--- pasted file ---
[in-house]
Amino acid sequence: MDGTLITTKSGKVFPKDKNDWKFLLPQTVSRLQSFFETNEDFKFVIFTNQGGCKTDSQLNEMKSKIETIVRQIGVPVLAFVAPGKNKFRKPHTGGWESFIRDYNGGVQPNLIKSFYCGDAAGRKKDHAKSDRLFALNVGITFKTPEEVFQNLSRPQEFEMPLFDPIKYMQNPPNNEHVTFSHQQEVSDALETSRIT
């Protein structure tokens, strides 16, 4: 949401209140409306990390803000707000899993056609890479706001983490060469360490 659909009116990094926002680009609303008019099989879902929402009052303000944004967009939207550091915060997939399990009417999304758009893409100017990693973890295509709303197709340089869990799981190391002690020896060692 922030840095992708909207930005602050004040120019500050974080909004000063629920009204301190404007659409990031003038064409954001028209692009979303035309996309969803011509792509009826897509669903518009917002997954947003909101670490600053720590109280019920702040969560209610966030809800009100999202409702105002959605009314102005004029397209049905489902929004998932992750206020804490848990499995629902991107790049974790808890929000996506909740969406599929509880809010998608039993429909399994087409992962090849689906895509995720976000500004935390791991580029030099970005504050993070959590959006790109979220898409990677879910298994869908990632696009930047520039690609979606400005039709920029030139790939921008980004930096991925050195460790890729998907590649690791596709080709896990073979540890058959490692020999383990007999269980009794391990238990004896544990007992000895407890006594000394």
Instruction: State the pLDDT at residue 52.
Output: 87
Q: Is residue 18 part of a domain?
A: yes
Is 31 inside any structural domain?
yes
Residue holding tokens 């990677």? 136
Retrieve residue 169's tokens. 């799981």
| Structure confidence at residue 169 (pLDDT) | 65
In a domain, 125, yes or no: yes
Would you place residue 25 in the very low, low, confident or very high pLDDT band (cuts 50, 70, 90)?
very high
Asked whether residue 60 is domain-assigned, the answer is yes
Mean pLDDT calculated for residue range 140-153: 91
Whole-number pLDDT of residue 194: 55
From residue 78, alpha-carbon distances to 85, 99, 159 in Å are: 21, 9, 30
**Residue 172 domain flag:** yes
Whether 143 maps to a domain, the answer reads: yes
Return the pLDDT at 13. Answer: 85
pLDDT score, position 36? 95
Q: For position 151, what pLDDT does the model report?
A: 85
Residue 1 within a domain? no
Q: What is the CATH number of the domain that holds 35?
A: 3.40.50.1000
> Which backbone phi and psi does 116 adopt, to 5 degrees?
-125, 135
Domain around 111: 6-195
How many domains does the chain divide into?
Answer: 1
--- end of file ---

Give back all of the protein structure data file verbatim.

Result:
[in-house]
Amino acid sequence: MDGTLITTKSGKVFPKDKNDWKFLLPQTVSRLQSFFETNEDFKFVIFTNQGGCKTDSQLNEMKSKIETIVRQIGVPVLAFVAPGKNKFRKPHTGGWESFIRDYNGGVQPNLIKSFYCGDAAGRKKDHAKSDRLFALNVGITFKTPEEVFQNLSRPQEFEMPLFDPIKYMQNPPNNEHVTFSHQQEVSDALETSRIT
């Protein structure tokens, strides 16, 4: 949401209140409306990390803000707000899993056609890479706001983490060469360490 659909009116990094926002680009609303008019099989879902929402009052303000944004967009939207550091915060997939399990009417999304758009893409100017990693973890295509709303197709340089869990799981190391002690020896060692 922030840095992708909207930005602050004040120019500050974080909004000063629920009204301190404007659409990031003038064409954001028209692009979303035309996309969803011509792509009826897509669903518009917002997954947003909101670490600053720590109280019920702040969560209610966030809800009100999202409702105002959605009314102005004029397209049905489902929004998932992750206020804490848990499995629902991107790049974790808890929000996506909740969406599929509880809010998608039993429909399994087409992962090849689906895509995720976000500004935390791991580029030099970005504050993070959590959006790109979220898409990677879910298994869908990632696009930047520039690609979606400005039709920029030139790939921008980004930096991925050195460790890729998907590649690791596709080709896990073979540890058959490692020999383990007999269980009794391990238990004896544990007992000895407890006594000394």
Instruction: State the pLDDT at residue 52.
Output: 87
Q: Is residue 18 part of a domain?
A: yes
Is 31 inside any structural domain?
yes
Residue holding tokens 């990677």? 136
Retrieve residue 169's tokens. 């799981």
| Structure confidence at residue 169 (pLDDT) | 65
In a domain, 125, yes or no: yes
Would you place residue 25 in the very low, low, confident or very high pLDDT band (cuts 50, 70, 90)?
very high
Asked whether residue 60 is domain-assigned, the answer is yes
Mean pLDDT calculated for residue range 140-153: 91
Whole-number pLDDT of residue 194: 55
From residue 78, alpha-carbon distances to 85, 99, 159 in Å are: 21, 9, 30
**Residue 172 domain flag:** yes
Whether 143 maps to a domain, the answer reads: yes
Return the pLDDT at 13. Answer: 85
pLDDT score, position 36? 95
Q: For position 151, what pLDDT does the model report?
A: 85
Residue 1 within a domain? no
Q: What is the CATH number of the domain that holds 35?
A: 3.40.50.1000
> Which backbone phi and psi does 116 adopt, to 5 degrees?
-125, 135
Domain around 111: 6-195
How many domains does the chain divide into?
Answer: 1